The Breath Of God – Dr Rhys Morgan


from Luke’s Journal 2020 | Breath of Life | Vol.25 No.2

The logo of the Australian Society of Anaesthetists is a symbol depicting a hand holding a bowl of ether.

It symbolises the careful administration of the mystical ethereal vapours of anaesthesia. My speciality of anaesthesia is steeped in this history. Without pushing the imagery too far, the biblical words for breath: ruach (and its synonym neshamah) in the old testament (OT) and pneuma in the new testament (NT), have a similar mystical ethereal quality to them. They have been variously (and at times interchangeably) translated as breath, wind, and spirit, which speak of the mysterious, unpredictable, invisible dynamic power of God. 1 The close relationship of these translations is borne out in our common uses of these words today in theological circles. In theological literature, the very term Breath of God is often taken to mean the Spirit of God. In academic circles, study of the third person of the Trinity is typically called Pneumatology.

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When asked to write on The Breath of God for this journal, there were three immediate biblical passages that sprang to my attention. The first of course is in book of beginnings, the biblical account of God’s creative role in our primeval history (Genesis Ch. 2). Next was the dialogue between God and the prophet Ezekiel regarding the ‘valley of dry bones’ (Ezekiel Ch. 37) and the final one is the coming of the Spirit of God upon the disciples on the day of Pentecost (Acts Ch. 2). Any word study of scripture will find many more references to the words ruach (OT: 389 times) and pneuma (NT: 379 times) 2 which could be incorporated a study of the Breath of God, but for the purpose of brevity and for context of this journal, I propose to limit myself to these three texts and where possible, draw some association to the church today. Finally, I propose to tentatively wade into the ambiguous arena of the ‘mortality vs immortality of the soul’, not because I claim to be an expert on the topic but because I believe our understanding of this issue is not unimportant for us as Christian physicians / dentists, particularly as we seek to work within a surging tide of dementia in our Western communities.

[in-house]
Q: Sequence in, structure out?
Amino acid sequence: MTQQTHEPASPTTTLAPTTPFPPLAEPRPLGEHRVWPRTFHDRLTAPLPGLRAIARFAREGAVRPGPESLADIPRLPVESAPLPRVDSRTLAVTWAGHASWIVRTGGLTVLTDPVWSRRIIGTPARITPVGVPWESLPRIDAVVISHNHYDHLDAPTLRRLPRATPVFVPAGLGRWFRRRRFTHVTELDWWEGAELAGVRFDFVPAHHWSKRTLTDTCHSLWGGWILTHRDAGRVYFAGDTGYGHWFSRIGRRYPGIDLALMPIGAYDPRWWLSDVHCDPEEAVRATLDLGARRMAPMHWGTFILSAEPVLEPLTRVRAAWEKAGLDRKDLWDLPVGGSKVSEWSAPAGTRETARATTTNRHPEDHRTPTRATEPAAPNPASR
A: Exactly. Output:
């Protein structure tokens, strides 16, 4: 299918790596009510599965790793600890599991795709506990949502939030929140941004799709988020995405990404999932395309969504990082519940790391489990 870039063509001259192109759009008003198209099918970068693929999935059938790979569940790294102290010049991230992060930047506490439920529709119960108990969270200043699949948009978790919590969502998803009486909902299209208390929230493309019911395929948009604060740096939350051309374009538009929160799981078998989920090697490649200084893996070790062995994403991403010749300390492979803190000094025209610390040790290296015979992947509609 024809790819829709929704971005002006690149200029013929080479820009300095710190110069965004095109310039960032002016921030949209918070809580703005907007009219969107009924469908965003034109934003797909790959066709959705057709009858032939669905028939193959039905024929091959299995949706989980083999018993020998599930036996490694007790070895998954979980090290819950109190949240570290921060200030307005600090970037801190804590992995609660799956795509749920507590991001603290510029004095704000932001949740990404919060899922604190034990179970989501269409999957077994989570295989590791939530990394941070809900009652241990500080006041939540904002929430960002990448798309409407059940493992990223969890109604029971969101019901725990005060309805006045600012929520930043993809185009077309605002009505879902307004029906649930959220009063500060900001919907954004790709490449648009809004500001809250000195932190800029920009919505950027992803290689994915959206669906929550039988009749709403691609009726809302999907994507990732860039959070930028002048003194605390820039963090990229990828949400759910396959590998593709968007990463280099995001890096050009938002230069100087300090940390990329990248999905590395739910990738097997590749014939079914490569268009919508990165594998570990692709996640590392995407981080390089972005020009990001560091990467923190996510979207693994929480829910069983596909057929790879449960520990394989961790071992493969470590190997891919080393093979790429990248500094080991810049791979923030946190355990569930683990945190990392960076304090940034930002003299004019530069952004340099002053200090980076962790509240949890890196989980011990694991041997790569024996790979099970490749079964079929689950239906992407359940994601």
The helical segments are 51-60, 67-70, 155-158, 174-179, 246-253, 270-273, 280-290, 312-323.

The Breath Of God: In The Beginning (Genesis 2)

In the second verse of the Bible, ruach Elohim, which in this context is best translated, the Spirit of God “was hovering over the surface of the waters” (Genesis 1:2) 3 Right at the beginning, God is present and is going to be the pro-generator of all that follows. In the very next chapter, The LORD God formed man from the dust of the ground and breathed into his nostrils the breath (neshamah) of life; and man became a living being (nepes) 4,5 (Genesis 2:7).